Read Veritatis Splendor to find out why the Catholic Church can’t really accommodate Darwinism
After Cardinal Schönborn wrote his op-ed in the New York Times, making it clear that the Catholic Church does not accept Darwinism, a number of Darwinian evolutionists have asked for clarification. Various mainstream media have also flung themselves into the fray. I will link to those stories in upcoming blogs.
But first, while they all wait for the Vatican to respond, I might be able to shed a little light.
Recently, I read the papal encyclical Veritatis Splendor (The Splendor of Truth, 1993), written by John Paul II against relativism.
Relativism is an approach to morality best characterized by such popular English expressions as “Whatever.” and “Not that there’s anything wrong with that, of course.” In other words, in all moral matters, avoid temptation by giving in quickly. This encyclical was the first time that the Church spoke out on the subject (115) though, goodness knows, moral relativism had been around for decades. The Church takes its time while positioning a target.
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The underlying anthropology of Veritatis (understanding of what a human being is) simply cannot admit the point of view about life that is central to Darwinism:
In one of the most existentially penetrating statements ever made by a scientist, Richard Dawkins concluded that `the universe we observe has precisely the properties we should expect if there is, at bottom, no design, no purpose, no evil and no good, nothing but blind, pitiless indifference.'
What does the Catholic Church say in Veritatis on the same topic on which Shermer/Dawkins hold forth? Well, here are some excerpts from Veritatis Splendor:
12. But God has already given an answer to this question [“Teacher, what good must I do to have eternal life?”]: he did so by creating man and ordering him with wisdom and love to his final end, through the law which is inscribed in his heart (cf. Rom 2:15), the "natural law". The latter "is nothing other than the light of understanding infused in us by God, whereby we understand what must be done and what must be avoided. God gave this light and this law to man at creation".
13. "You shall love your neighbour as yourself" (Mt 19:19; cf. Mk 12:31). In this commandment we find a precise expression of the singular dignity of the human person, "the only creature that God has wanted for its own sake".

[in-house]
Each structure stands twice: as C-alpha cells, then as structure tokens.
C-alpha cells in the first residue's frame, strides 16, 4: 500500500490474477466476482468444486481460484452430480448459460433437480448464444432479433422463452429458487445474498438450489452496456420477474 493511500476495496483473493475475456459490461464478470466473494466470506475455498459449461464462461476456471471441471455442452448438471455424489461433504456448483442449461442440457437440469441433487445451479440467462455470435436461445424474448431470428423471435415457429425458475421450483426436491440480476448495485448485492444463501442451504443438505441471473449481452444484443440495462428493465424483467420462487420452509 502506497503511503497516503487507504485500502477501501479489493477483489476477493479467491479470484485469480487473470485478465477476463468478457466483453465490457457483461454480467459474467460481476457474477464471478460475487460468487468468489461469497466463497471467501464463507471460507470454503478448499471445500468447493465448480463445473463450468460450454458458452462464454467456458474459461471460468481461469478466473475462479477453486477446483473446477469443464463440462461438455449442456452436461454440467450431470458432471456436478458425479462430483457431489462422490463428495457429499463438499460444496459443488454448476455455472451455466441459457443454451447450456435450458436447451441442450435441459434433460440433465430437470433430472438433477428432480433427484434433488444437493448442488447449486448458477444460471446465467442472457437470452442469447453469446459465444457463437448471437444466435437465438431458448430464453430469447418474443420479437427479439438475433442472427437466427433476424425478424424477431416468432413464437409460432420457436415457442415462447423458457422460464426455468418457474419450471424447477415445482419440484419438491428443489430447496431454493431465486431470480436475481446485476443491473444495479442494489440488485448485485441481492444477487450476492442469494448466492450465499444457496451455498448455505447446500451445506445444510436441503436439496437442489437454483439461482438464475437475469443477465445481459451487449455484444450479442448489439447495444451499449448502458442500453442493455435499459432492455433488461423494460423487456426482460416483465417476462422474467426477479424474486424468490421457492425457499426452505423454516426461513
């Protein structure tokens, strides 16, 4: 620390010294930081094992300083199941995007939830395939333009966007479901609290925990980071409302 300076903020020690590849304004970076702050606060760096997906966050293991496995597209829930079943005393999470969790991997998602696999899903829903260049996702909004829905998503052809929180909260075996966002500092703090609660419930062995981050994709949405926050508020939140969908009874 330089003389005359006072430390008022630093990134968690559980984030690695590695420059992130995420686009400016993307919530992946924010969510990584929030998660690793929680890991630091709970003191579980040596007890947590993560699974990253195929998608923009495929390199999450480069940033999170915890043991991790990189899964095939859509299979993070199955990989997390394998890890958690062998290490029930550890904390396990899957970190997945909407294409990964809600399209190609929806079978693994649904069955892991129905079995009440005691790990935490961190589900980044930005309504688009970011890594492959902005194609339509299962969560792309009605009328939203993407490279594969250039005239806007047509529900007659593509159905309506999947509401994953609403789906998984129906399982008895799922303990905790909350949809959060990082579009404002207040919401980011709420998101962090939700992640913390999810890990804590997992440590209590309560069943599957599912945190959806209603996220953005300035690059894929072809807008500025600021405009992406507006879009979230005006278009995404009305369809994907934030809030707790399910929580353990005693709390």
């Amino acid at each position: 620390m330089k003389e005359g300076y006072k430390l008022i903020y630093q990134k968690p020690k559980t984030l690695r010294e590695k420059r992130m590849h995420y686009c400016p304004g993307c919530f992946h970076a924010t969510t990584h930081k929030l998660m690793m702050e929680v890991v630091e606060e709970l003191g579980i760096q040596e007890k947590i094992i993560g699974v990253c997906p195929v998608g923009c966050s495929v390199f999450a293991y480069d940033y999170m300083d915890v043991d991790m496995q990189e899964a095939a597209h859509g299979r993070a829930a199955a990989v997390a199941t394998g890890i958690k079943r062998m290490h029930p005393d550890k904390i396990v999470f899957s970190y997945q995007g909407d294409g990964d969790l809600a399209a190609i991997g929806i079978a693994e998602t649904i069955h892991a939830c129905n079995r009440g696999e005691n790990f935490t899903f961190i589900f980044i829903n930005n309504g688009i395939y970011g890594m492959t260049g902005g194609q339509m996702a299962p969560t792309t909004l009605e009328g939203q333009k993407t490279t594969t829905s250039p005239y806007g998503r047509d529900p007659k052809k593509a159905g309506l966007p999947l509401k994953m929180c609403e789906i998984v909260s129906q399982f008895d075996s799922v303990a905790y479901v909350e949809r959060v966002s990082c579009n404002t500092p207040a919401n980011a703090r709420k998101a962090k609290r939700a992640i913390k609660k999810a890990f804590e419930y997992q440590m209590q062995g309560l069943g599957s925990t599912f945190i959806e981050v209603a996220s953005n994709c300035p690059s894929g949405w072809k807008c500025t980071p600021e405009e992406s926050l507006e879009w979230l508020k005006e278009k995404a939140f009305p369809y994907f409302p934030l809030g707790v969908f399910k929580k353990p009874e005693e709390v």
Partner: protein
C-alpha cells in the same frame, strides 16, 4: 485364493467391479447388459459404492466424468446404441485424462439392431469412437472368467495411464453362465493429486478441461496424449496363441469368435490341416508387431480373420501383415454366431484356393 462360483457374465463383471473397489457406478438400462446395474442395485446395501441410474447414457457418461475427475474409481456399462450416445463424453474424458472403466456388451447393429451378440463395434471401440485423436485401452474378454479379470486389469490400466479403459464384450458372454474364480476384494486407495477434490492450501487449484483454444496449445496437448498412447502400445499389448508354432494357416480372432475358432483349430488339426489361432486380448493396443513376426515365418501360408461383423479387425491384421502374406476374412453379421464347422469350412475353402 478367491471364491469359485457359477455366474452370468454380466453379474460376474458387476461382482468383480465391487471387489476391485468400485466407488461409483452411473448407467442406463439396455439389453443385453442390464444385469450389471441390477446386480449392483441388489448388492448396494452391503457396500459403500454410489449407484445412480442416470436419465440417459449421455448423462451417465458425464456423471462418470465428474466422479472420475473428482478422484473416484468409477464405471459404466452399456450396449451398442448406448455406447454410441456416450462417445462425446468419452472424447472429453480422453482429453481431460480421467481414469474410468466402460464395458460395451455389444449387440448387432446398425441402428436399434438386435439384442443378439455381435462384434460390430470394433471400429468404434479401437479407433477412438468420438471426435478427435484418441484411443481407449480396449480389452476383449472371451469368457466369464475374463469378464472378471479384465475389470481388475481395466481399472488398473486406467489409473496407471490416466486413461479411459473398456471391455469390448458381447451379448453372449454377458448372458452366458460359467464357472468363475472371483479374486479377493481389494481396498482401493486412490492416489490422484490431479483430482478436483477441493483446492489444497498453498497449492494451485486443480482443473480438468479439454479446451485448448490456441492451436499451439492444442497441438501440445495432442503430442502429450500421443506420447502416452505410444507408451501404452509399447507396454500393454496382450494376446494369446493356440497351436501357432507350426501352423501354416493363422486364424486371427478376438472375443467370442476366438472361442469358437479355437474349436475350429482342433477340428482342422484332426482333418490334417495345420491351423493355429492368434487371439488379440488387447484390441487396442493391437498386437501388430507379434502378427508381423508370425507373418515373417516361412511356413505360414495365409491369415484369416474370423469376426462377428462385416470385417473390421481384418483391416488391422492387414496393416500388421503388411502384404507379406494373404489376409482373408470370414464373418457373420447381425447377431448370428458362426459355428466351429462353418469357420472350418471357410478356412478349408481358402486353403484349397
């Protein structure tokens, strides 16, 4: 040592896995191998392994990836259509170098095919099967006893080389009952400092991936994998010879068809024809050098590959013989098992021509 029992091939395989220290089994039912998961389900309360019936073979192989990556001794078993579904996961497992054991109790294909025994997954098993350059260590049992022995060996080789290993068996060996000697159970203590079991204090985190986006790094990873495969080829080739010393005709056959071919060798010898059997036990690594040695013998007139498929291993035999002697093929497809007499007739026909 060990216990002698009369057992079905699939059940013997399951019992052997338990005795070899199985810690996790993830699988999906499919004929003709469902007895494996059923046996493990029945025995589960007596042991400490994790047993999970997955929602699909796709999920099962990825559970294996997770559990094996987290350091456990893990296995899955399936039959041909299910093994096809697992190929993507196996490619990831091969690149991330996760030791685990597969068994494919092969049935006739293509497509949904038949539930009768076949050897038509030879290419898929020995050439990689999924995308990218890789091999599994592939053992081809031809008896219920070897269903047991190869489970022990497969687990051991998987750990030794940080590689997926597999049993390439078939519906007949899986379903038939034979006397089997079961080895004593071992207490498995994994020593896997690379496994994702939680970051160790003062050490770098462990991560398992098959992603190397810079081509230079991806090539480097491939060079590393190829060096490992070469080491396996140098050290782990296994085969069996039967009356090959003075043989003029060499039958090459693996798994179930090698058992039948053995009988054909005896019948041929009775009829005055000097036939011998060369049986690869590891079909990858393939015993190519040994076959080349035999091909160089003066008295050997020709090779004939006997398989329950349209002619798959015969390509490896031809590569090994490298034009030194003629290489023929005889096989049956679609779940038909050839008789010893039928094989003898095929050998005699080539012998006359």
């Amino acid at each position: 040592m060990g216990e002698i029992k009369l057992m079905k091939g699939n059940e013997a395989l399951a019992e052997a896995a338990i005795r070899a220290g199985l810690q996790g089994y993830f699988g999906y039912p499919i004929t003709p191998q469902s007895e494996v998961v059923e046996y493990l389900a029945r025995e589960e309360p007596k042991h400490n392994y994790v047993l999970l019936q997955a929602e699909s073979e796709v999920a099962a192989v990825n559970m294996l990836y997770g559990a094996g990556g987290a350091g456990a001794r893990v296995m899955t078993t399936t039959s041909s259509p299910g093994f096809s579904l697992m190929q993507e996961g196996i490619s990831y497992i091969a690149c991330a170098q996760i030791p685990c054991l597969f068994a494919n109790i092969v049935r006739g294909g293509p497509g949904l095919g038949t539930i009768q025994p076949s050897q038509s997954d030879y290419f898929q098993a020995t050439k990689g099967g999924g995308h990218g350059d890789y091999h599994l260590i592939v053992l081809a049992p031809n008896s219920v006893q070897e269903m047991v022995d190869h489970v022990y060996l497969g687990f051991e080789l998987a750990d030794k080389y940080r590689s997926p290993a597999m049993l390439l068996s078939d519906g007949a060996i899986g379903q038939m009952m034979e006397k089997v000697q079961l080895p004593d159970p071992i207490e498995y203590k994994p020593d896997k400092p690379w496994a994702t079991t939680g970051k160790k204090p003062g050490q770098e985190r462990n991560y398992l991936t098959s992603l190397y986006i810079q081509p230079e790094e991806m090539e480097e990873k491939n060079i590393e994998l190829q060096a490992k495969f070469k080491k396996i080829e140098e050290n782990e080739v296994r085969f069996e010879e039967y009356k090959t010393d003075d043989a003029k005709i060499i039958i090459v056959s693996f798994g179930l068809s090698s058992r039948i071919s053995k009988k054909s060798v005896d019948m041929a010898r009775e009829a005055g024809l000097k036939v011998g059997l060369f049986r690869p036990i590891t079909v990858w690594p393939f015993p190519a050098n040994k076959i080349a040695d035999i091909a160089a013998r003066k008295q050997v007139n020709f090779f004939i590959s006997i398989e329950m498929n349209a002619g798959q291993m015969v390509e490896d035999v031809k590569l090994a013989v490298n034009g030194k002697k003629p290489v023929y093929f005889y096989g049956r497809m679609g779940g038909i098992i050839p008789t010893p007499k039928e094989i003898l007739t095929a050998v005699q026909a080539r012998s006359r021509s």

22. [ refers to ] “God’s original plan for mankind, a plan which man after sin has no longer been able to live up to ...”
102. What is the ultimate source of this inner division of man? His history of sin begins when he no longer acknowledges the Lord as his Creator and himself wishes to be the one who determines, with complete independence, what is good and what is evil. "You will be like God, knowing good and evil" (Gen 3:5): this was the first temptation, and it is echoed in all the other temptations to which man is more easily inclined to yield as a result of the original Fall.
(Note: The numbers are in the document. You can easily find your place by following them.)
It is immaterial to the Catholic position whether evolution occurs or whether Genesis 1 and 2 should be taken completely literally. In any event, these statements are intended as statements of literal fact about the nature, purpose and history of the human being on this planet, not as pleasant folk tales.
But the stakes are high. Darwinism, by its very nature, must refute these assertions, as Shermer’s citation of Dawkins shows.
If a correct account of the human being includes design, purpose, forward planning, spiritual nature, mind as well as brain, and so forth — as the Catholic Church insists — then the Darwinist’s natural selection and other naturalistic processes cannot be the central account of the history of life that Darwinists want - and need - them to be. The key question, as the Catholic Church recognizes, is not whether evolution or natural selection happen but how central they are to an accurate account of life on Earth.
Can there be a middle “Catholic evolutionist” way that accommodates Darwinism, as biochemist Ken Miller hopes? I doubt it, because doctrines that the Catholic Church wants you to treat as fact about humans become matters of faith (as in, maybe it could somehow be true, but only in ways we can never know ... ). Such a faith would be held ever more tenuously, in the face of an apparent triumph, by default, of Darwinism.
Put simply, either the Catholic Church is right, or the Darwinists are. Or neither is. Is the Catholic Church likely to decide that it is wrong about one of its central teachings?
But don’t just take my word for it. You can get and read the English-language version of Veritatis splendor for yourself.